In Australia, melanoma rates are now declining, particularly among the 20-30 age group, the first generation to grow up with "Slip, Slop, Slap!" ringing in their ears.
In terms of awareness, Britain lags 20 years behind. Cancer Research UK's SunSmart campaign did not get going until 2003, and its message has yet to sink deep into the national psyche.
You have only to hang around the arrivals hall of any British airport to see the ignorance that persists among many holidaymakers. It's all over their faces - and their arms, legs, chests and backs.
"There's still the lure of the tan," says Hiom, identifying perhaps the biggest obstacle to preventing skin cancer. We have to stop thinking that a tan makes us look healthy and attractive, and start believing, as the flappers of the 1920s did, that keeping the skin tone we were born with is both natural and chic.
It's not an easy epiphany, but the converts number several role models. Nicole Kidman, Scarlett Johannson, Cate Blanchett, Damian Lewis, Lily Cole and Dita von Teese are all proof that pale can be interesting.
The impressively whey-faced Marcia Cross, who plays Bree in Desperate Housewives, is fronting America's skin-cancer awareness campaign.
For those who can't bear not to be bronzed, there is always the bottle. Fake tan is far safer than sunbeds, yet the Cancer Council Australia advises against it because it perpetuates the idea that a tan is desirable.
It used to annoy me when I came back from holiday and friends said, "You're not very brown, are you?" Now I've had skin cancer, I'll take it as a compliment.
Here are the warning signs of a dodgy mole:
Asymmetry A healthy mole is usually roughly round or oval, with two halves that match.
Border A benign mole generally has a smooth border. If the border is ragged or frilly, get it checked.
Colour If the mole changes colour, or becomes red and inflamed, have it checked.
Diameter Harmless moles are usually a quarter of an inch or less in diameter. If a mole grows any larger, get it checked.
If a mole changes shape, border, colour or size, have it checked without delay.
Sunscreen varies in quality, and SPFs have been found to be inconsistent across brands. Choose a sunscreen that is at least SPF15 and broad-spectrum (ie protects against both UVA and UVB). Lloyds Pharmacy now sells only sunscreens that meet these criteria.
Reputable brands include Boots' Soltan (five-star UVA-protective, stringently tested and good value); SunSense (up to SPF60, Australian-made; 01477 537 596 ) and SolarSafe (SPF30 combined with insect repellent; available at Lloyds and, with no charge for VAT or p&p, direct from www.solarsafe.com). All these ranges have special lotions for children.
Upmarket cosmetics labels producing sunscreens of SPF40+ include Skinceuticals, Caudalie, Lancôme, Clinique, Clarins and Kiehls - all available in department stores - and La Roche Posay (sold widely in France and Ireland).
For organic alternatives, which use the mineral ingredients zinc oxide and titanium dioxide as barriers to reflect UV, try Green People (www.greenpeople.co.uk), Lavera (www.lavera.co.uk), The Organic Pharmacy (www.theorganicpharmacy.com) or Neal's Yard (www.nealsyardremedies.com).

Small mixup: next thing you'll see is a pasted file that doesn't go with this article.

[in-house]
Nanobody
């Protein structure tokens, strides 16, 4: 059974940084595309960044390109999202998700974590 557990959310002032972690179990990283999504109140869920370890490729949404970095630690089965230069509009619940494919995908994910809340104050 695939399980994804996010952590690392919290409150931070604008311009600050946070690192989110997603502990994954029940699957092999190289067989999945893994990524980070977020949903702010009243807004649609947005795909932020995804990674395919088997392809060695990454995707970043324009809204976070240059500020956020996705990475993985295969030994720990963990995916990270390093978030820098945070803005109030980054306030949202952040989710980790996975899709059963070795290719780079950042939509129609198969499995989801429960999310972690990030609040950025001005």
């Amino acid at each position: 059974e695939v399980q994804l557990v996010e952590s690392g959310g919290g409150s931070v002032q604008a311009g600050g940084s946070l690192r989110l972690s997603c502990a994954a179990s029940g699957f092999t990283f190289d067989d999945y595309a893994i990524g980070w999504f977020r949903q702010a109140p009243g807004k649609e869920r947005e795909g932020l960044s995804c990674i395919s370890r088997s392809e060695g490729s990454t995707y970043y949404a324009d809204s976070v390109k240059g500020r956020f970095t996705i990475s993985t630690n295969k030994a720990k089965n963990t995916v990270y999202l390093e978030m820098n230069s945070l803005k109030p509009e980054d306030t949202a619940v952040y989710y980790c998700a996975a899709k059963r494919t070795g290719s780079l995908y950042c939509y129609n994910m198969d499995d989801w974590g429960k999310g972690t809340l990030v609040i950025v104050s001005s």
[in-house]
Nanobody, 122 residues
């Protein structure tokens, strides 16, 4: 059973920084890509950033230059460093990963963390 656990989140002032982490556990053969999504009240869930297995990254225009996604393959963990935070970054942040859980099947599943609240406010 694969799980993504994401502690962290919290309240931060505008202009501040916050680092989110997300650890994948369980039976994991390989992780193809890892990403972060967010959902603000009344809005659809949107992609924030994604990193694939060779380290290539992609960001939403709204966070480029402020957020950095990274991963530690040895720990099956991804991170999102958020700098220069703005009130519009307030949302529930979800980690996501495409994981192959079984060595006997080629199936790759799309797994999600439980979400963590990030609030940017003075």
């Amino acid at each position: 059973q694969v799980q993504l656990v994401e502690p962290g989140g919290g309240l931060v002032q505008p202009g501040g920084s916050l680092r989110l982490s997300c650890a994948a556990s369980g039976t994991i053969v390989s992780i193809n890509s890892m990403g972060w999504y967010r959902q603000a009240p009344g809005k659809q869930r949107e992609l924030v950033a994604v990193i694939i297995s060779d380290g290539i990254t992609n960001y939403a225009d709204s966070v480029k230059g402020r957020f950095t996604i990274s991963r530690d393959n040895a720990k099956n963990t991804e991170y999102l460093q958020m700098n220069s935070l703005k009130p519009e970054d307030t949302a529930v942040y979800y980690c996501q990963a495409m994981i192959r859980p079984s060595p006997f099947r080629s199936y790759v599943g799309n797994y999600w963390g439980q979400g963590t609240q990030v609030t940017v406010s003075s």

Zinc is now almost clear and no longer the thick white grease seen on the nose of the cricketer Shane Warne.
For years the most recommended fake tan has been St Tropez (www.st-tropez.co.uk), but Vita Liberata, new this year, produces good, natural-looking results and, compared to rivals, doesn't smell too badly of sweat and biscuits. Silken self-tan gel: £19.95 for 50ml (www.vitaliberata.com).
The Personal UV Monitor measures both the UV level and relates it to your individual sensitivity to the sun. Enter skin type and the SPF of the sunscreen you or your child is wearing and an audible alarm will tell you when your time is up. By NScessity (www.newtonstovold.co.uk; and also at John Lewis; £14.95).
New this summer is a wristband that warns you when you're catching too much sun. Apply sunscreen to the band as well as your skin, and the band will turn from purple to brown. When it turns yellow, you need to seek shade. By SolarSafe (0845 257 2744, www.solarsafe.com); £4.25 for a pack of seven.
Rohan, the travel-wear company, has established a British standard for awarding an Ultraviolet Protection Factor to clothing, determined by fabric, weave and colour. The T Plus T-shirt has a UPF of 40+ and comes in men's and women's versions; £27.50, plus £3.95 p&p from Rohan (0870 601 2244, www.rohan.co.uk).
The flaps on legionnaire's caps make them the best hats for small children. Solattire (www.solattire.co.uk) has a good range, including Sposh, £14.95 plus p&p.
Sunsuits provide excellent sun protection. Those at www.sunsuits.co.uk are imported from Australia and have a UPF of 50+; from £14.99 for a short-sleeved shirt. Solattire, as above, also sells sunsuits.
For babies and toddlers, Béaba has a new range of UV-blocking sunglasses with adjustable fabric headbands that keep the specs comfortably in place. Models for older children have unbreakable lenses, bendy hinges and arms; £6.50-£12 (01582 504504, www.beaba.com).
The Cancer Council Australia (www.cancer.org.au) has its own range of high-UPF hats, shirts, sunglasses and cosmetics as well as sunscreen. Available by mail order worldwide.
Source : http://www.telegraph.co.uk/travel/737685/Skin-cancer-exposed.html